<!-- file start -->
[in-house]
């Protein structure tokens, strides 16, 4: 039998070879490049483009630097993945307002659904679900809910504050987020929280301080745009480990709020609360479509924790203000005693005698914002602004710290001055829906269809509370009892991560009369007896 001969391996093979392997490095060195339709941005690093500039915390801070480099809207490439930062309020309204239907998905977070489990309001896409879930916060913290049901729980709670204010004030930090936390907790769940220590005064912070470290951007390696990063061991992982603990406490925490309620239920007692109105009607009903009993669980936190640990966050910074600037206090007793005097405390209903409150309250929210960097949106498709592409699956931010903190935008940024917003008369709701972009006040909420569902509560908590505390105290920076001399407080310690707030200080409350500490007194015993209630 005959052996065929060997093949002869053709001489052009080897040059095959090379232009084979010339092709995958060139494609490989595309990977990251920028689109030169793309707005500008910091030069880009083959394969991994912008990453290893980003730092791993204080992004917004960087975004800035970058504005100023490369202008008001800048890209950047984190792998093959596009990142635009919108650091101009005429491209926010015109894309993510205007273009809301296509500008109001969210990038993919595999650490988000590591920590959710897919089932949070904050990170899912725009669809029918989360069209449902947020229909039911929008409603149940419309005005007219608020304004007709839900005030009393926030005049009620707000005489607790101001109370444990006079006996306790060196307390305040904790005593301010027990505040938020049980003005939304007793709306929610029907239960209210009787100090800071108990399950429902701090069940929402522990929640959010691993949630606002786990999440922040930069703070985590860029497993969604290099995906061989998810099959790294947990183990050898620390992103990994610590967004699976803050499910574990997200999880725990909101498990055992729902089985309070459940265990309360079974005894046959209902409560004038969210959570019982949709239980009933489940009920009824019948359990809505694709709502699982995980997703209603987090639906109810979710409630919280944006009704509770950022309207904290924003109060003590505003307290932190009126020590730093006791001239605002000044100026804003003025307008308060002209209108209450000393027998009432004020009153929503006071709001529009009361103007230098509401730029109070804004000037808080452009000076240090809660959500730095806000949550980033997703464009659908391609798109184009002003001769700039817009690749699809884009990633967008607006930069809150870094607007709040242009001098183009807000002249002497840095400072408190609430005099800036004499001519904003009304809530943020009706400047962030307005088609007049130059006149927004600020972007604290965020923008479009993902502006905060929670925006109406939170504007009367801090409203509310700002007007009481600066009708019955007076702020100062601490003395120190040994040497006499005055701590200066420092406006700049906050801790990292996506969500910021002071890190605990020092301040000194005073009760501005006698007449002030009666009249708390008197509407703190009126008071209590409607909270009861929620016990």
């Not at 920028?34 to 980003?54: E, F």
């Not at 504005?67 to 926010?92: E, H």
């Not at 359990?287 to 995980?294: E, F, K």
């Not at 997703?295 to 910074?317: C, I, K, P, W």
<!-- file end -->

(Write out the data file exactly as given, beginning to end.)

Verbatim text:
[in-house]
């Protein structure tokens, strides 16, 4: 039998070879490049483009630097993945307002659904679900809910504050987020929280301080745009480990709020609360479509924790203000005693005698914002602004710290001055829906269809509370009892991560009369007896 001969391996093979392997490095060195339709941005690093500039915390801070480099809207490439930062309020309204239907998905977070489990309001896409879930916060913290049901729980709670204010004030930090936390907790769940220590005064912070470290951007390696990063061991992982603990406490925490309620239920007692109105009607009903009993669980936190640990966050910074600037206090007793005097405390209903409150309250929210960097949106498709592409699956931010903190935008940024917003008369709701972009006040909420569902509560908590505390105290920076001399407080310690707030200080409350500490007194015993209630 005959052996065929060997093949002869053709001489052009080897040059095959090379232009084979010339092709995958060139494609490989595309990977990251920028689109030169793309707005500008910091030069880009083959394969991994912008990453290893980003730092791993204080992004917004960087975004800035970058504005100023490369202008008001800048890209950047984190792998093959596009990142635009919108650091101009005429491209926010015109894309993510205007273009809301296509500008109001969210990038993919595999650490988000590591920590959710897919089932949070904050990170899912725009669809029918989360069209449902947020229909039911929008409603149940419309005005007219608020304004007709839900005030009393926030005049009620707000005489607790101001109370444990006079006996306790060196307390305040904790005593301010027990505040938020049980003005939304007793709306929610029907239960209210009787100090800071108990399950429902701090069940929402522990929640959010691993949630606002786990999440922040930069703070985590860029497993969604290099995906061989998810099959790294947990183990050898620390992103990994610590967004699976803050499910574990997200999880725990909101498990055992729902089985309070459940265990309360079974005894046959209902409560004038969210959570019982949709239980009933489940009920009824019948359990809505694709709502699982995980997703209603987090639906109810979710409630919280944006009704509770950022309207904290924003109060003590505003307290932190009126020590730093006791001239605002000044100026804003003025307008308060002209209108209450000393027998009432004020009153929503006071709001529009009361103007230098509401730029109070804004000037808080452009000076240090809660959500730095806000949550980033997703464009659908391609798109184009002003001769700039817009690749699809884009990633967008607006930069809150870094607007709040242009001098183009807000002249002497840095400072408190609430005099800036004499001519904003009304809530943020009706400047962030307005088609007049130059006149927004600020972007604290965020923008479009993902502006905060929670925006109406939170504007009367801090409203509310700002007007009481600066009708019955007076702020100062601490003395120190040994040497006499005055701590200066420092406006700049906050801790990292996506969500910021002071890190605990020092301040000194005073009760501005006698007449002030009666009249708390008197509407703190009126008071209590409607909270009861929620016990």
């Not at 920028?34 to 980003?54: E, F």
């Not at 504005?67 to 926010?92: E, H």
């Not at 359990?287 to 995980?294: E, F, K």
């Not at 997703?295 to 910074?317: C, I, K, P, W």